Impact of chitosan-incorporated toothpaste on roughness, gloss, and antifungal potential of acrylic resin | Scientific Reports

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Scientific Reports volume  13, Article number: 21347 (2023 ) Cite this article Short-Oil Alkyd Resin

Impact of chitosan-incorporated toothpaste on roughness, gloss, and antifungal potential of acrylic resin | Scientific Reports

This study aimed to test the efficacy of different silica-based toothpastes with or without chitosan, as a method of cleaning the acrylic surfaces of denture prostheses. Acrylic resin specimens were prepared to evaluate surface roughness and gloss (n = 10), and Candida albicans adhesion/inhibition (n = 2). Two toothpastes with different degrees of abrasiveness were used: Colgate (CT) and Elmex (EX), with or without 0.5% chitosan (Ch) microparticles (CTCh or EXCh, respectively). The negative control was brushed with distilled water. Brushing was simulated with a machine. Surface roughness and gloss were analyzed before and after brushing. Candida albicans incidence/inhibition was tested qualitatively to determine the acrylic resin antifungal activity. The roughness and gloss data were analyzed with a generalized linear model, and the Kruskal Wallis and Dunn tests, respectively (α = 5%). Brushing with toothpastes increased roughness and reduced gloss, compared with the negative control (p < 0.05). CT showed a more significantly different change in roughness and gloss, in relation to the other groups (p < 0.05). Addition of chitosan to CT reduced its abrasive potential, and yielded results similar to those of EX and EXCh. Specimens brushed with CT showed a higher potential for Candida albicans adherence, despite its higher antifungal action. Addition of chitosan to the toothpaste made both toothpaste and brushing more effective in inhibiting Candida albicans. CT had the potential to increase roughness, reduce gloss, and increase Candida albicans adherence. In contrast, chitosan added to CT showed greater antifungal potential, and a higher synergistic effect than EX.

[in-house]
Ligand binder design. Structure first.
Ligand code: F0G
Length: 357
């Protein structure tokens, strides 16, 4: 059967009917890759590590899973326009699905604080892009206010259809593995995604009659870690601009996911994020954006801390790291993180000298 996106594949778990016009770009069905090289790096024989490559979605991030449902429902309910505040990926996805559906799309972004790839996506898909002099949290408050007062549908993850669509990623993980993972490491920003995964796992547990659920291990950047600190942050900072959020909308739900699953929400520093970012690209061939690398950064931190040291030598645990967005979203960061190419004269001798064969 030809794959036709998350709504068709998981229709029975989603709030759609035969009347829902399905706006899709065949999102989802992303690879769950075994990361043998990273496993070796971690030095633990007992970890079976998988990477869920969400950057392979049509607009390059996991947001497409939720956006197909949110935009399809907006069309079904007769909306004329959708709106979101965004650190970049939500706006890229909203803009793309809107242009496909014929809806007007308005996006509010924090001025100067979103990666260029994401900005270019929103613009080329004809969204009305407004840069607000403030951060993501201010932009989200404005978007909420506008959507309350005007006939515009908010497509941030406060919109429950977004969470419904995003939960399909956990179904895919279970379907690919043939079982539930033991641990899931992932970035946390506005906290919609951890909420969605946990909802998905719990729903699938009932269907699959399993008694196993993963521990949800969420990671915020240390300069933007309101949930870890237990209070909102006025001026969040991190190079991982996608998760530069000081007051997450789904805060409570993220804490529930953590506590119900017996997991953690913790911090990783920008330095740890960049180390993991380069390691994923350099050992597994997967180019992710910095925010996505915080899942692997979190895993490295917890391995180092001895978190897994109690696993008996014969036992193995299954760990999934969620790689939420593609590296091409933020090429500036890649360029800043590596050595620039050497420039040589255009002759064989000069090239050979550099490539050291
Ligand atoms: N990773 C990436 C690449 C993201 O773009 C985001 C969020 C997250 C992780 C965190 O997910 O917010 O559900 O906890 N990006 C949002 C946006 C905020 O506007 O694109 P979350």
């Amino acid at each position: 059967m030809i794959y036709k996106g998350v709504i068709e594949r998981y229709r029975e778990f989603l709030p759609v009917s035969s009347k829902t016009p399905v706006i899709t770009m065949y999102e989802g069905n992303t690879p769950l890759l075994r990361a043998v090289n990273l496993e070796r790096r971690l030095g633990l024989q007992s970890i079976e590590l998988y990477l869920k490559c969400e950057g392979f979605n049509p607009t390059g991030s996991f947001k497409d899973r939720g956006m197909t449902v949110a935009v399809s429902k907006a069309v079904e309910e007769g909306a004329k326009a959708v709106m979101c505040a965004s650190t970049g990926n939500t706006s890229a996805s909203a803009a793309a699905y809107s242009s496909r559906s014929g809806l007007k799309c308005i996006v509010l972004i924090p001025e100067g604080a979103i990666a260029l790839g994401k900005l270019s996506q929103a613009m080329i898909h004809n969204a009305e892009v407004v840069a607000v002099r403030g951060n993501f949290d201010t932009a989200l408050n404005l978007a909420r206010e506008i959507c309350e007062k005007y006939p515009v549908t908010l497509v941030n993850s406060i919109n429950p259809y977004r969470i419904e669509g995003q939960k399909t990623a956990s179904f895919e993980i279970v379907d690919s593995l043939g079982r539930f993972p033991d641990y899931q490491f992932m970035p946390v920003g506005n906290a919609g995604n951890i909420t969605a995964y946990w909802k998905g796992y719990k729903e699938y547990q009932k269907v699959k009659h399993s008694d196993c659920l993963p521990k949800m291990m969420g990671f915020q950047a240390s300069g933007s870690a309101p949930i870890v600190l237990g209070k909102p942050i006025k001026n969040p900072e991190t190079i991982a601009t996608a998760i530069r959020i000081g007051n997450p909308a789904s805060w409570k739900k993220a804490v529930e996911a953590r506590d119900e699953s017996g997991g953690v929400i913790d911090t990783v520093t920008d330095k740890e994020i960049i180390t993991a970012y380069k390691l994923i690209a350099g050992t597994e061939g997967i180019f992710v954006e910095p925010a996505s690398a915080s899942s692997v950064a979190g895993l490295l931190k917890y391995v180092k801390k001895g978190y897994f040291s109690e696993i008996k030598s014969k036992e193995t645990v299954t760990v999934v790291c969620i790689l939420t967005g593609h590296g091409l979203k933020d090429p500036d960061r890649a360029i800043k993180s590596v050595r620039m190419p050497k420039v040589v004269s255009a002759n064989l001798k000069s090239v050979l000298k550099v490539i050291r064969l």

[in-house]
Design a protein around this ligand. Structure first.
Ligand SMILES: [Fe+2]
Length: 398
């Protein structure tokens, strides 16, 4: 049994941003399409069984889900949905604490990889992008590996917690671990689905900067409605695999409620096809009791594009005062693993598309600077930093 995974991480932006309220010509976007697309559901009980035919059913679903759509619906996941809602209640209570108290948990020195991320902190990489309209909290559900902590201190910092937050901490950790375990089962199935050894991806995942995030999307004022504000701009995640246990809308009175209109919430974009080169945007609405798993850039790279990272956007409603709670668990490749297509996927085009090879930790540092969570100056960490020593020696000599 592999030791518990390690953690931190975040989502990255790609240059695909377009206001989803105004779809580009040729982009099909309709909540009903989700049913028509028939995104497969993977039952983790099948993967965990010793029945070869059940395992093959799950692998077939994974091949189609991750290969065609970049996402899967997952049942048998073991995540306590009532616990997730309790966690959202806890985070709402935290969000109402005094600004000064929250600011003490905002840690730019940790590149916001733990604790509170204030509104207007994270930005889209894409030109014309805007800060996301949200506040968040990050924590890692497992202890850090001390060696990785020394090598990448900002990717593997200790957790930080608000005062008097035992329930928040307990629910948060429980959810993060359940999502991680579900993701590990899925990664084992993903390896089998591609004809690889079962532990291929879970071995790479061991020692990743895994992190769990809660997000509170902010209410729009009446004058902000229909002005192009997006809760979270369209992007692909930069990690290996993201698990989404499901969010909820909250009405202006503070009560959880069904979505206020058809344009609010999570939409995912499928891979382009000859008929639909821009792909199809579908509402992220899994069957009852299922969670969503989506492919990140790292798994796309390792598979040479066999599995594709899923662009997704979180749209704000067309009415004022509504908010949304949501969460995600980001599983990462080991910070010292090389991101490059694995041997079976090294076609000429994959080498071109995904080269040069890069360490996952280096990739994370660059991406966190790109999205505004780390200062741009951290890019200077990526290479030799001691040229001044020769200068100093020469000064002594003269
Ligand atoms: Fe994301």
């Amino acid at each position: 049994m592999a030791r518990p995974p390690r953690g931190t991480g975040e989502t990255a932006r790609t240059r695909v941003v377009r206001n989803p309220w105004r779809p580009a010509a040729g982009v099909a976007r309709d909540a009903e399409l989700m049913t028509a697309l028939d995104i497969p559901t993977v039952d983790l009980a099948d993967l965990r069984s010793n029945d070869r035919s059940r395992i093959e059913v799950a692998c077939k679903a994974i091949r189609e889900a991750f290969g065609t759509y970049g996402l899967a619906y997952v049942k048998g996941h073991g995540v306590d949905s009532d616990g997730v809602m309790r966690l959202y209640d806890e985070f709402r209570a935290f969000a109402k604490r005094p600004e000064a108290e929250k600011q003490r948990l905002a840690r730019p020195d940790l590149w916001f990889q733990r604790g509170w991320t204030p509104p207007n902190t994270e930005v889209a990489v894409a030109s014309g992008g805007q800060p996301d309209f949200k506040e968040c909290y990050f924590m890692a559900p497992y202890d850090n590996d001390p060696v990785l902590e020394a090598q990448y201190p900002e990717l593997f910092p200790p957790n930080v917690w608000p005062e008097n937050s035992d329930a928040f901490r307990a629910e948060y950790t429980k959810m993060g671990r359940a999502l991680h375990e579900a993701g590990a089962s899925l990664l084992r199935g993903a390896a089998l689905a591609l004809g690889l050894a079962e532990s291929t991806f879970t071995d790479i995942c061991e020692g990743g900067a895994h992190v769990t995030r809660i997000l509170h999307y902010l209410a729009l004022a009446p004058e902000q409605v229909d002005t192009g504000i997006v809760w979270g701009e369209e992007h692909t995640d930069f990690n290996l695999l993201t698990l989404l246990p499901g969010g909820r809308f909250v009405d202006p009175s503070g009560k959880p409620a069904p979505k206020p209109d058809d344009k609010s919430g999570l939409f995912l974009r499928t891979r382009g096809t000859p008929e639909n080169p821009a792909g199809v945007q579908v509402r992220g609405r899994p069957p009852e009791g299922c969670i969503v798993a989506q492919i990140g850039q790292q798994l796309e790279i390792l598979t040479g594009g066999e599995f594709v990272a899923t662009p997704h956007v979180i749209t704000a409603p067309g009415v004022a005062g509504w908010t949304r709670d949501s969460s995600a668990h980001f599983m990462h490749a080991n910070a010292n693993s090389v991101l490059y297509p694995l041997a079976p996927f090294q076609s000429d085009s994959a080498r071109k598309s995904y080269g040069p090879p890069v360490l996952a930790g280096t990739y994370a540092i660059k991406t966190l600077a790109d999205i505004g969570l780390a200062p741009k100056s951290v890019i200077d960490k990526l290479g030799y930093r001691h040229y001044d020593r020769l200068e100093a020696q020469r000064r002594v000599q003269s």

Monique Malta Francese, Isabela Vieira Bolzan Gonçalves, … Ana Carolina Magalhães

Melanie Fischer, Nadine Schlueter, ... Carolina Ganss

Marcella Esteves-Oliveira, Vanara F. Passos, … Juliana PM Lima

Acrylic resin is the material most commonly used as a base for complete or partial removable dentures, and for implant support dentures, such as protocol prostheses and overdentures1,2,3. This resin must remain in close contact with the oral tissues in order to promote the correct mastication function, and be esthetically acceptable to the patient4. Since these protheses call for long-term use, their acrylic surface must be maintained properly polished and smooth, considering that retention of biofilm would make the surface irregular5,6,7. Commonly, patients who wear acrylic prosthesis are prone to present with oral stomatitis, resulting from retention of Candida albicans fungus in contact with the oral mucosa6,8,9,10. Despite to be a multifatorial condition, which can be modulated by the saliva of the patient considering its bacterial and protein content, pH, among other factors, which, by the way, may be influenced by sytemical conditions and use of specific drugs, clinicians must be able to prevent this condition in these patients (REF). In this respect, dental practitioners must advise patients of the proper hygiene protocols to prevent this situation.

In the case of removable prosthesis, the denture surface must be cleaned with a toothbrush, water and neutral soap3,11,12,13. However, this procedure cannot be used for fixed implant-supported prostheses; instead, the most common oral care procedure is to brush with regular toothpaste14,15,16. On the other hand, using toothpaste raises an important concern related to its abrasiveness. Several studies have shown that toothbrush and toothpaste may damage the surface of the acrylic resin, dull the polish, increase roughness and reduce gloss15,17,18,19. As a consequence, the material can retain more microbiological biofilm3. Unfortunately, this occurs because acrylic resins have lower resistance to the abrasive forces promoted by brushing with different bristles, and using toothpastes with different compositions and degrees of abrasiveness20,21.

This concern can be addressed by selecting an adequate toothpaste. Currently, different toothpastes are available with a variety of ingredients and degrees of abrasiveness, and some have antimicrobial agents. In this respect, chitosan is a biopolymer that has been tested in the dental field for its antimicrobial effect, remineralizing ability and lubricant properties22,23,24,25,26,27. Its antifungal potential has tested effective in inhibiting the adhesion and development of Candida albicans biofilm22, and has proved suitable for use. However, to the best of the authors’ knowledge, there is no study that evaluates the potential of chitosan-incorporated toothpaste in reducing the changes in the acrylic surface of denture prostheses, or in inhibiting fungal growth on the protheses.